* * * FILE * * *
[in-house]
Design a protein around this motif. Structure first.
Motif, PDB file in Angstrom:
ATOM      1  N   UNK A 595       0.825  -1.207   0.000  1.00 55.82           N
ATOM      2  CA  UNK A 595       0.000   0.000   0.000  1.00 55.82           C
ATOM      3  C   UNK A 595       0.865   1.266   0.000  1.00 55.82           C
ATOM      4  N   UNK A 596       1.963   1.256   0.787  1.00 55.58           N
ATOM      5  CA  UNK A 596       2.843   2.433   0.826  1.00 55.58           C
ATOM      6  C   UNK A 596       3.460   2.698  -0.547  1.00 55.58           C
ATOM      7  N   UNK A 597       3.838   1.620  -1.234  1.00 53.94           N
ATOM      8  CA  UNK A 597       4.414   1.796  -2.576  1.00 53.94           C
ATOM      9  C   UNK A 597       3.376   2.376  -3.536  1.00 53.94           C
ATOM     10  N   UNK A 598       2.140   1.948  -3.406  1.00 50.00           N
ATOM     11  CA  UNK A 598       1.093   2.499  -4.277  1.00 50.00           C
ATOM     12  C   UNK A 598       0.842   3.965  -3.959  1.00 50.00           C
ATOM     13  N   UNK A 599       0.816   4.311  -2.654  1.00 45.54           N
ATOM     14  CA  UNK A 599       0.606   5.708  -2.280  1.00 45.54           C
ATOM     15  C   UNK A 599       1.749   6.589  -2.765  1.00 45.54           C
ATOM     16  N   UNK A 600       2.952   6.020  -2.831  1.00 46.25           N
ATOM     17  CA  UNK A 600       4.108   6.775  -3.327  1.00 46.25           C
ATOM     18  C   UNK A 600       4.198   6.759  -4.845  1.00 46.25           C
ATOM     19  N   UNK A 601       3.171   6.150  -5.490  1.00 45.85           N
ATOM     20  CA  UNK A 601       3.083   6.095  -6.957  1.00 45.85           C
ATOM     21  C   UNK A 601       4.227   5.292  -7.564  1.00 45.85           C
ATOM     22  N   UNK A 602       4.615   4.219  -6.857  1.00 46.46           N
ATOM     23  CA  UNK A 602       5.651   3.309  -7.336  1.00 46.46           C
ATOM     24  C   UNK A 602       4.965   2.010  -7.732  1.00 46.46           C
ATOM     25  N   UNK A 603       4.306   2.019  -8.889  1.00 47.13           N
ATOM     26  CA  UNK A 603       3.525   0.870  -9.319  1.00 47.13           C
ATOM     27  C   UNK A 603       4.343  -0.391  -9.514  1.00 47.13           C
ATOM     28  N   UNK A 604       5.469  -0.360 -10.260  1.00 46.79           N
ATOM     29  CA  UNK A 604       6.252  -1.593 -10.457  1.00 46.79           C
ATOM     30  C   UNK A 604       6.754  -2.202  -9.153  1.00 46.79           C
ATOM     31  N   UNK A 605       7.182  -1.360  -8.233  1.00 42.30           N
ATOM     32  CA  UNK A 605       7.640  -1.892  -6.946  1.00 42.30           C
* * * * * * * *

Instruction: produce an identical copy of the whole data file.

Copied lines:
[in-house]
Design a protein around this motif. Structure first.
Motif, PDB file in Angstrom:
ATOM      1  N   UNK A 595       0.825  -1.207   0.000  1.00 55.82           N
ATOM      2  CA  UNK A 595       0.000   0.000   0.000  1.00 55.82           C
ATOM      3  C   UNK A 595       0.865   1.266   0.000  1.00 55.82           C
ATOM      4  N   UNK A 596       1.963   1.256   0.787  1.00 55.58           N
ATOM      5  CA  UNK A 596       2.843   2.433   0.826  1.00 55.58           C
ATOM      6  C   UNK A 596       3.460   2.698  -0.547  1.00 55.58           C
ATOM      7  N   UNK A 597       3.838   1.620  -1.234  1.00 53.94           N
ATOM      8  CA  UNK A 597       4.414   1.796  -2.576  1.00 53.94           C
ATOM      9  C   UNK A 597       3.376   2.376  -3.536  1.00 53.94           C
ATOM     10  N   UNK A 598       2.140   1.948  -3.406  1.00 50.00           N
ATOM     11  CA  UNK A 598       1.093   2.499  -4.277  1.00 50.00           C
ATOM     12  C   UNK A 598       0.842   3.965  -3.959  1.00 50.00           C
ATOM     13  N   UNK A 599       0.816   4.311  -2.654  1.00 45.54           N
ATOM     14  CA  UNK A 599       0.606   5.708  -2.280  1.00 45.54           C
ATOM     15  C   UNK A 599       1.749   6.589  -2.765  1.00 45.54           C
ATOM     16  N   UNK A 600       2.952   6.020  -2.831  1.00 46.25           N
ATOM     17  CA  UNK A 600       4.108   6.775  -3.327  1.00 46.25           C
ATOM     18  C   UNK A 600       4.198   6.759  -4.845  1.00 46.25           C
ATOM     19  N   UNK A 601       3.171   6.150  -5.490  1.00 45.85           N
ATOM     20  CA  UNK A 601       3.083   6.095  -6.957  1.00 45.85           C
ATOM     21  C   UNK A 601       4.227   5.292  -7.564  1.00 45.85           C
ATOM     22  N   UNK A 602       4.615   4.219  -6.857  1.00 46.46           N
ATOM     23  CA  UNK A 602       5.651   3.309  -7.336  1.00 46.46           C
ATOM     24  C   UNK A 602       4.965   2.010  -7.732  1.00 46.46           C
ATOM     25  N   UNK A 603       4.306   2.019  -8.889  1.00 47.13           N
ATOM     26  CA  UNK A 603       3.525   0.870  -9.319  1.00 47.13           C
ATOM     27  C   UNK A 603       4.343  -0.391  -9.514  1.00 47.13           C
ATOM     28  N   UNK A 604       5.469  -0.360 -10.260  1.00 46.79           N
ATOM     29  CA  UNK A 604       6.252  -1.593 -10.457  1.00 46.79           C
ATOM     30  C   UNK A 604       6.754  -2.202  -9.153  1.00 46.79           C
ATOM     31  N   UNK A 605       7.182  -1.360  -8.233  1.00 42.30           N
ATOM     32  CA  UNK A 605       7.640  -1.892  -6.946  1.00 42.30           C